Proposed bill would require warning labels on sugary drinks Will soda and other saccharine libations soon come with a health warning? They will if it’s up to our state senator, Bill Monning (D-Carmel). On Feb. 27, Monning proposed first-of-its-kind legislation that would require a consumer warning label be placed on sugar-sweetened beverages sold in California. SB 1000, also known as the Sugar-Sweetened Beverages Safety Warning Act, was proposed to provide vital information to consumers about the harmful effects of consuming sugary drinks, such as sodas, sports drinks, energy drinks, and sweetened teas.

 

Animal Magnetism

Bear, mouse dare to be friends in charming ‘Ernest and Celestine’ It’s not exactly Romeo and Juliet. It’s not even a romance, although it is a love story about two individuals separated by prejudice who find the courage to form an unshakable bond despite the rules and traditions that keep them apart.
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Foodie File: Red Apple Cafe

Breakfast takes center stage at Gracia Krakauer's Red Apple Cafe Before they moved to Aptos, Gracia and her husband Dan Krakauer would visit friends in Santa Cruz County and eat at the Red Apple Café all the time. Then they moved up here from Santa Monica five years ago, and bought the Aptos location (there’s a separate one in Watsonville) from the family who owned it for two decades.

 

How would you feel about a tech industry boom in Santa Cruz?

I feel like it would ruin the small old-town feeling of Santa Cruz. It wouldn’t be the same Surf City kind of vacation town that it is. Antoinette BennettSanta Cruz | Construction Management

 

Best of Santa Cruz County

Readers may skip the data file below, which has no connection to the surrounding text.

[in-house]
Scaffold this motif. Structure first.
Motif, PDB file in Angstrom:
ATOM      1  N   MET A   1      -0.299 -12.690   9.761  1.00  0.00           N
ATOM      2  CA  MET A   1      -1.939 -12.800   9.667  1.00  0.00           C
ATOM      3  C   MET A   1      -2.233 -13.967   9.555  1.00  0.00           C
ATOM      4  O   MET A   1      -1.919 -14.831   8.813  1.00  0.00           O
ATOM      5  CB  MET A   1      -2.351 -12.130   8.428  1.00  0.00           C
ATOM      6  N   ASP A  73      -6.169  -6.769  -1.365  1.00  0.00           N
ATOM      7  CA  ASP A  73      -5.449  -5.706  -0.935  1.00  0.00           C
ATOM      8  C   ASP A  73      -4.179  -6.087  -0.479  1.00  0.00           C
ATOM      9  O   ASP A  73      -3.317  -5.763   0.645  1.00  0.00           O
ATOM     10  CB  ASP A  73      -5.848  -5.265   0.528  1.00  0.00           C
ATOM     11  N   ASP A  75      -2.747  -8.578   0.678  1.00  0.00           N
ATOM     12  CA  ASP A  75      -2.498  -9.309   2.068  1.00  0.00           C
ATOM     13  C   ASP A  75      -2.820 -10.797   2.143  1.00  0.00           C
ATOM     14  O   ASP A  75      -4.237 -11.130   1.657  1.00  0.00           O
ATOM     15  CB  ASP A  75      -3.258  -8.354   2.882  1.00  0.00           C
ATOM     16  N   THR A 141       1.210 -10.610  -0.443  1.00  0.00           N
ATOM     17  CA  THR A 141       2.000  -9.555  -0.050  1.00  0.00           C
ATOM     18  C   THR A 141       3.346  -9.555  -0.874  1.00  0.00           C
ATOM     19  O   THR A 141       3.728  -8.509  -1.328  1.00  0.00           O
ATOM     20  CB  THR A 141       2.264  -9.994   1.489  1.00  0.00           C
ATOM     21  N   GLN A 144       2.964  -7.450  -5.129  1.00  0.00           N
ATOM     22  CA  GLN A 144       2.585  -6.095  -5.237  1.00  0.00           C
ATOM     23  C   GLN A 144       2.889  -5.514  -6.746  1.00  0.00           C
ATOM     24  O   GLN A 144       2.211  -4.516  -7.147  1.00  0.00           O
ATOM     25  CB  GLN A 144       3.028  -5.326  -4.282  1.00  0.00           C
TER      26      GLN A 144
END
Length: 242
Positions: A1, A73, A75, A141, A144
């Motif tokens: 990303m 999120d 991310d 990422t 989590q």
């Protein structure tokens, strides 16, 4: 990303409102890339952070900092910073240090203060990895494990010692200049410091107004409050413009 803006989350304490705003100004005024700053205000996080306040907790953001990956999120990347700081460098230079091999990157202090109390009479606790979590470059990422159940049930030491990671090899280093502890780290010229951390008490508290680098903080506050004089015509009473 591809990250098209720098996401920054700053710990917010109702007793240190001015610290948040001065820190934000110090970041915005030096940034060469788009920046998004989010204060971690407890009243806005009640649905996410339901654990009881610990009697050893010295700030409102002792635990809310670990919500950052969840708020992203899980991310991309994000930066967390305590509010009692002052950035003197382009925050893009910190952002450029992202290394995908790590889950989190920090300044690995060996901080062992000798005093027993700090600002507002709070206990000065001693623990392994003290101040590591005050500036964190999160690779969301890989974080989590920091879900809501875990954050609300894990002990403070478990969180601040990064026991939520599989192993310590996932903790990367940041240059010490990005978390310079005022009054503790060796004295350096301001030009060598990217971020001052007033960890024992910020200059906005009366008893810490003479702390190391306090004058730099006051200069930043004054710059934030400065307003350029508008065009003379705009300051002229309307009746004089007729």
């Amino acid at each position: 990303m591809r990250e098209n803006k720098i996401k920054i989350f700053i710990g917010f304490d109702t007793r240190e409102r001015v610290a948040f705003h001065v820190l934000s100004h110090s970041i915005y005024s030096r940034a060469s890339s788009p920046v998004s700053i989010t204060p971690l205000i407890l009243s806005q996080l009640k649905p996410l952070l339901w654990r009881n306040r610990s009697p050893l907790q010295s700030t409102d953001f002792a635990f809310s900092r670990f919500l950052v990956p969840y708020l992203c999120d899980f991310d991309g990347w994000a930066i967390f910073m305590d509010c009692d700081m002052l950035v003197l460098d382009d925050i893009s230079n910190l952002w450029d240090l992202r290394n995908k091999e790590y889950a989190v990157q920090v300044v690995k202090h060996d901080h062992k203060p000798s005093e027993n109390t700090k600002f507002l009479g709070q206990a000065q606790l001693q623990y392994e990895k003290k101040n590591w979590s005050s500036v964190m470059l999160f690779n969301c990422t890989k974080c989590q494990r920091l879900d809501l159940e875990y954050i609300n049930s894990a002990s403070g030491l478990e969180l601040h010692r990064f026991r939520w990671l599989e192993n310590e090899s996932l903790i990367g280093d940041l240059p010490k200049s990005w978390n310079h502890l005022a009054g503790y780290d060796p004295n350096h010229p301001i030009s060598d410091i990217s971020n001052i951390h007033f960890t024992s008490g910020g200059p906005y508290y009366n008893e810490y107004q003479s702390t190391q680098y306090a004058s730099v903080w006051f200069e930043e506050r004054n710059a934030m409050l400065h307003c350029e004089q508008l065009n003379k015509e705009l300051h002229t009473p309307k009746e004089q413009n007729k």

The 2013 Santa Cruz County Readers' Poll and Critics’ Picks It’s our biggest issue of the year, and in it, your votes—more than 6,500 of them—determined the winners of The Best of Santa Cruz County Readers’ Poll. New to the long list of local restaurants, shops and other notables that captured your interest: Best Beer Selection, Best Locally Owned Business, Best Customer Service and Best Marijuana Dispensary. In the meantime, many readers were ever so chatty online about potential new categories. Some of the suggestions that stood out: Best Teen Program and Best Web Design/Designer. But what about: Dog Park, Church, Hotel, Local Farm, Therapist (I second that!) or Sports Bar—not to be confused with Bra. Our favorite suggestion: Best Act of Kindness—one reader noted Café Gratitude and the free meals it offered to the Santa Cruz Police Department in the aftermath of recent crimes. Perhaps some of these can be woven into next year’s ballot, so stay tuned. In the meantime, enjoy the following pages and take note of our Critics’ Picks, too, beginning on page 91. A big thanks for voting—and for reading—and an even bigger congratulations to all of the winners. Enjoy.  -Greg Archer, EditorBest of Santa Cruz County Readers’ Poll INDEX

 

Trout Gulch Vineyards

Cinsault 2012—la grande plage diurne The most popular wines on store shelves are those most generally known and available—Chardonnay, Sauvignon Blanc, Cabernet Sauvignon and Merlot, which are all superb for sure. But when you come across a more unusual varietal, like Trout Gulch Vineyards’ Cinsault ($18), it opens up a whole new world.